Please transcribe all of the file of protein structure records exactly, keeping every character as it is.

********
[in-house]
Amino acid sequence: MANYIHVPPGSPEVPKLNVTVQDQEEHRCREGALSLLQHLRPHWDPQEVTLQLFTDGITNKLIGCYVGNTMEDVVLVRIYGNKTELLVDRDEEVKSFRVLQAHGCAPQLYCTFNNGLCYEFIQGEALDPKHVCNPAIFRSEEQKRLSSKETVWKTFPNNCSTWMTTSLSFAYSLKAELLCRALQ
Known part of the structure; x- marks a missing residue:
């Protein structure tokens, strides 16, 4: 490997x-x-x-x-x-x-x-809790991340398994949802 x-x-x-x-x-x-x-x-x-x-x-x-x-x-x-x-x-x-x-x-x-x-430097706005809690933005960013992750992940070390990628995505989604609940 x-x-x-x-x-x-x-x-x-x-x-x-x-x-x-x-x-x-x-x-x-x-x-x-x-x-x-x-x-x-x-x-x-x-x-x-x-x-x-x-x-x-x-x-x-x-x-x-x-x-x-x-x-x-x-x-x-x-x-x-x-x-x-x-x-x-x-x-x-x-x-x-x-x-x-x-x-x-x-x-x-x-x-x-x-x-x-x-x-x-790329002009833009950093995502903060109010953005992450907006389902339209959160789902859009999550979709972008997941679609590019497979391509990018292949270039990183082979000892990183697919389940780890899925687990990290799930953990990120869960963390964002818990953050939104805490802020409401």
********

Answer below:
[in-house]
Amino acid sequence: MANYIHVPPGSPEVPKLNVTVQDQEEHRCREGALSLLQHLRPHWDPQEVTLQLFTDGITNKLIGCYVGNTMEDVVLVRIYGNKTELLVDRDEEVKSFRVLQAHGCAPQLYCTFNNGLCYEFIQGEALDPKHVCNPAIFRSEEQKRLSSKETVWKTFPNNCSTWMTTSLSFAYSLKAELLCRALQ
Known part of the structure; x- marks a missing residue:
């Protein structure tokens, strides 16, 4: 490997x-x-x-x-x-x-x-809790991340398994949802 x-x-x-x-x-x-x-x-x-x-x-x-x-x-x-x-x-x-x-x-x-x-430097706005809690933005960013992750992940070390990628995505989604609940 x-x-x-x-x-x-x-x-x-x-x-x-x-x-x-x-x-x-x-x-x-x-x-x-x-x-x-x-x-x-x-x-x-x-x-x-x-x-x-x-x-x-x-x-x-x-x-x-x-x-x-x-x-x-x-x-x-x-x-x-x-x-x-x-x-x-x-x-x-x-x-x-x-x-x-x-x-x-x-x-x-x-x-x-x-x-x-x-x-x-790329002009833009950093995502903060109010953005992450907006389902339209959160789902859009999550979709972008997941679609590019497979391509990018292949270039990183082979000892990183697919389940780890899925687990990290799930953990990120869960963390964002818990953050939104805490802020409401």